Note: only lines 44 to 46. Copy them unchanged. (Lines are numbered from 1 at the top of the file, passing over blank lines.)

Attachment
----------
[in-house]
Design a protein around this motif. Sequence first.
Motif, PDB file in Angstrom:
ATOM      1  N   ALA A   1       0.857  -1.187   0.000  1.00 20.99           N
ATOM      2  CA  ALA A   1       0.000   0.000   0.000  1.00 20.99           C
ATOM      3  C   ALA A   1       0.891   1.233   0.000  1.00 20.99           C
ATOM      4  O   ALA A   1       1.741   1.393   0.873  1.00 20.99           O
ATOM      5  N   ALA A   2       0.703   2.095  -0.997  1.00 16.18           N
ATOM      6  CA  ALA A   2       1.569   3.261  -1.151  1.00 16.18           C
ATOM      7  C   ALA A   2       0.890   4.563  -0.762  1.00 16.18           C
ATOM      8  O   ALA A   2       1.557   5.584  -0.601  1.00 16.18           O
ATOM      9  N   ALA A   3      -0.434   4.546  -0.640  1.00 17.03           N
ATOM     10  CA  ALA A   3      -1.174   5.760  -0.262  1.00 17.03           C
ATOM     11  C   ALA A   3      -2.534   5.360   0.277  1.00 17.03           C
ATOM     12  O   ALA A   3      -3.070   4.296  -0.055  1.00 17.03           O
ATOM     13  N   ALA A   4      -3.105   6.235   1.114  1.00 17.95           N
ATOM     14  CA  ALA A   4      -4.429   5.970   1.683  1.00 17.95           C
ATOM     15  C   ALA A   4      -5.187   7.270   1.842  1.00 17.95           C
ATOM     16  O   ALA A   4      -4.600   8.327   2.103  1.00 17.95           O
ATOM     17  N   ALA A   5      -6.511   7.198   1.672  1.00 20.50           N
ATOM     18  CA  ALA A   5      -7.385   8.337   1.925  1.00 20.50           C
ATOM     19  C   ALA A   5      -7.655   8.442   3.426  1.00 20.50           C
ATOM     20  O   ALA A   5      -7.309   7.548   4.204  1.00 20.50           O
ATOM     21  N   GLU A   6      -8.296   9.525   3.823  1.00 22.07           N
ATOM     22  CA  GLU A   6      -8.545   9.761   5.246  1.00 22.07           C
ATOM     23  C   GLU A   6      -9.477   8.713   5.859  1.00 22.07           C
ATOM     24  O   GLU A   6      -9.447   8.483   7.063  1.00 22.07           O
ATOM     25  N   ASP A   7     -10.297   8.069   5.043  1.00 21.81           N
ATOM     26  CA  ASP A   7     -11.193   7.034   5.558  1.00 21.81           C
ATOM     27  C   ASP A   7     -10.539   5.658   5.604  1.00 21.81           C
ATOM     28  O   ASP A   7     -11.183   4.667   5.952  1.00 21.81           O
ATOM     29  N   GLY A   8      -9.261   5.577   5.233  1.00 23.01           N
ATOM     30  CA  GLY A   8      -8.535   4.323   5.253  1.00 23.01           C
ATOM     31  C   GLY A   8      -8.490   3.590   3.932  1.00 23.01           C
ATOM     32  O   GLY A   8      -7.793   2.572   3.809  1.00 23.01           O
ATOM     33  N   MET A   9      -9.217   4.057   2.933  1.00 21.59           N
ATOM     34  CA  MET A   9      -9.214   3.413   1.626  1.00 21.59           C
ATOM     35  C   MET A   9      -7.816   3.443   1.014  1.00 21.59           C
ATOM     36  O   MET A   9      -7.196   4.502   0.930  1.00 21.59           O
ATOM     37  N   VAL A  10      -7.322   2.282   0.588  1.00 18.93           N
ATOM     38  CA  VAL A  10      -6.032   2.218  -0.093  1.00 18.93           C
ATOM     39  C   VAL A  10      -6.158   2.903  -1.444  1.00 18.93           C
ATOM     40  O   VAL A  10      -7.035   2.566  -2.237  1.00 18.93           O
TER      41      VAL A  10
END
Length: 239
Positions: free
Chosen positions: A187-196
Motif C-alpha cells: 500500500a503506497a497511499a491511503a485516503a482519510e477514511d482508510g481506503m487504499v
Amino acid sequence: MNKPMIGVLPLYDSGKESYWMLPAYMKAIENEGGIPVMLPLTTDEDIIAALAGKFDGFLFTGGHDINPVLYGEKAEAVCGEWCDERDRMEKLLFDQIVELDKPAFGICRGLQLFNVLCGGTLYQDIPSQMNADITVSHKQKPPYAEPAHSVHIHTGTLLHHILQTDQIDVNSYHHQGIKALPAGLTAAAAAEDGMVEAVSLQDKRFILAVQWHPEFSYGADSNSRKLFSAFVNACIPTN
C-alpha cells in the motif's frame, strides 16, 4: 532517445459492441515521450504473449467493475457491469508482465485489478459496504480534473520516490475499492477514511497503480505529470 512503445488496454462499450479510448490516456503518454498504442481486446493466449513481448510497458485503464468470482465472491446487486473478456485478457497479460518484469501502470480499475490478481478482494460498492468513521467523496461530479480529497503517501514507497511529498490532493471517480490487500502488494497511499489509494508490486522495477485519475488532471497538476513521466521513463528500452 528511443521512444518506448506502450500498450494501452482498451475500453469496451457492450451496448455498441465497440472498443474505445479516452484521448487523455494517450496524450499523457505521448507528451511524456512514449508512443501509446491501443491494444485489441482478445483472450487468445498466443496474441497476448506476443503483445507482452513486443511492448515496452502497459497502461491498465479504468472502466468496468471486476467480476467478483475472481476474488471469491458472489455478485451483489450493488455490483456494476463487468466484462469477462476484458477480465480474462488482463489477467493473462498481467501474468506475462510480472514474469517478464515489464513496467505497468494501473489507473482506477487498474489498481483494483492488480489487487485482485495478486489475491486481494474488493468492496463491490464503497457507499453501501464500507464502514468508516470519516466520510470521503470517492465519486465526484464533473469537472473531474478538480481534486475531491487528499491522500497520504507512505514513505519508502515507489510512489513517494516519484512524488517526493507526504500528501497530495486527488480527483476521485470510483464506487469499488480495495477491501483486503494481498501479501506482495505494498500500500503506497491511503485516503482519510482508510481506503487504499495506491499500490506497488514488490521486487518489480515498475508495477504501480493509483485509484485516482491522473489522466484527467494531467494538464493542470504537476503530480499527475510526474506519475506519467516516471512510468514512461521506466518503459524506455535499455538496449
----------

TER      41      VAL A  10
END
Length: 239